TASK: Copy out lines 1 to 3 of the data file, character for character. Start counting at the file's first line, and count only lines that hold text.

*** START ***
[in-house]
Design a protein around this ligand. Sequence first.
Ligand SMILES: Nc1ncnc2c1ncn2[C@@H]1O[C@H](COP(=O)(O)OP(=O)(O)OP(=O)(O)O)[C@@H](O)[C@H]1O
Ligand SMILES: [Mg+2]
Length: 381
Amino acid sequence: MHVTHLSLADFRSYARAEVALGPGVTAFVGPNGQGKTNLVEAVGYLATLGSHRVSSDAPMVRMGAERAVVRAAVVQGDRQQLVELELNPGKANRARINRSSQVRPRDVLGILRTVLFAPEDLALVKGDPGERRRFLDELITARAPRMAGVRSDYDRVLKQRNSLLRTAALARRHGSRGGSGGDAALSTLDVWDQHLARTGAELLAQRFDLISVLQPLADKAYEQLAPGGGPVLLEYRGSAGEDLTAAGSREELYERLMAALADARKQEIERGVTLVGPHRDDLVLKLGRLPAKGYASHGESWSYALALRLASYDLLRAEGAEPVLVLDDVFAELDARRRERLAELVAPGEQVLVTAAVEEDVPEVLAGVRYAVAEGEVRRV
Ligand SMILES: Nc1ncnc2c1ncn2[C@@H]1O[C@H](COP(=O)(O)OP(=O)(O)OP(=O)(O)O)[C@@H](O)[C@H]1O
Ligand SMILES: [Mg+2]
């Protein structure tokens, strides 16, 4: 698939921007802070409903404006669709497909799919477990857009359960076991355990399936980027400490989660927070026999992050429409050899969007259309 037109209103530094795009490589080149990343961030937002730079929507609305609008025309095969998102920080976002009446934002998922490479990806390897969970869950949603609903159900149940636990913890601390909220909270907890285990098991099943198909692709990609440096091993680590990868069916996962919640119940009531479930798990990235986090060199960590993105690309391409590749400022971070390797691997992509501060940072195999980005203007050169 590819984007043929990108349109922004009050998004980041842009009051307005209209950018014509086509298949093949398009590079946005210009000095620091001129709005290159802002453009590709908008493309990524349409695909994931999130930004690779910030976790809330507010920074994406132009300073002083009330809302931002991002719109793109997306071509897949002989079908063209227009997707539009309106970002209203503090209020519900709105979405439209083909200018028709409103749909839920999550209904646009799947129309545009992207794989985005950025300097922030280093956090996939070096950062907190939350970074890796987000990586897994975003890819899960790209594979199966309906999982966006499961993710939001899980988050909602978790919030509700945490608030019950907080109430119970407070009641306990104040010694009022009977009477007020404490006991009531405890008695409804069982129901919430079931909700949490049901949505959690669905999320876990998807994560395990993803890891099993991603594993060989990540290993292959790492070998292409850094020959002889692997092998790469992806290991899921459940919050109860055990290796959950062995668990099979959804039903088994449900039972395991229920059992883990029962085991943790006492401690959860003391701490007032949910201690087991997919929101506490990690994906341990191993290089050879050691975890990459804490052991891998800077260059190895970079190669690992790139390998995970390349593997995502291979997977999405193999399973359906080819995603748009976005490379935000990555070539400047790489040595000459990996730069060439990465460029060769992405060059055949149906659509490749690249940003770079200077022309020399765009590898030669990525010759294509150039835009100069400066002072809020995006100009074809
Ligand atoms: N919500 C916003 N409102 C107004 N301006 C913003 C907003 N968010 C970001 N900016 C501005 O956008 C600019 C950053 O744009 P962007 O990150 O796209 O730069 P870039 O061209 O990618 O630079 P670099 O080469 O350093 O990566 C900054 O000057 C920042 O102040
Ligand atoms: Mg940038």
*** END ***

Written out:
[in-house]
Design a protein around this ligand. Sequence first.
Ligand SMILES: Nc1ncnc2c1ncn2[C@@H]1O[C@H](COP(=O)(O)OP(=O)(O)OP(=O)(O)O)[C@@H](O)[C@H]1O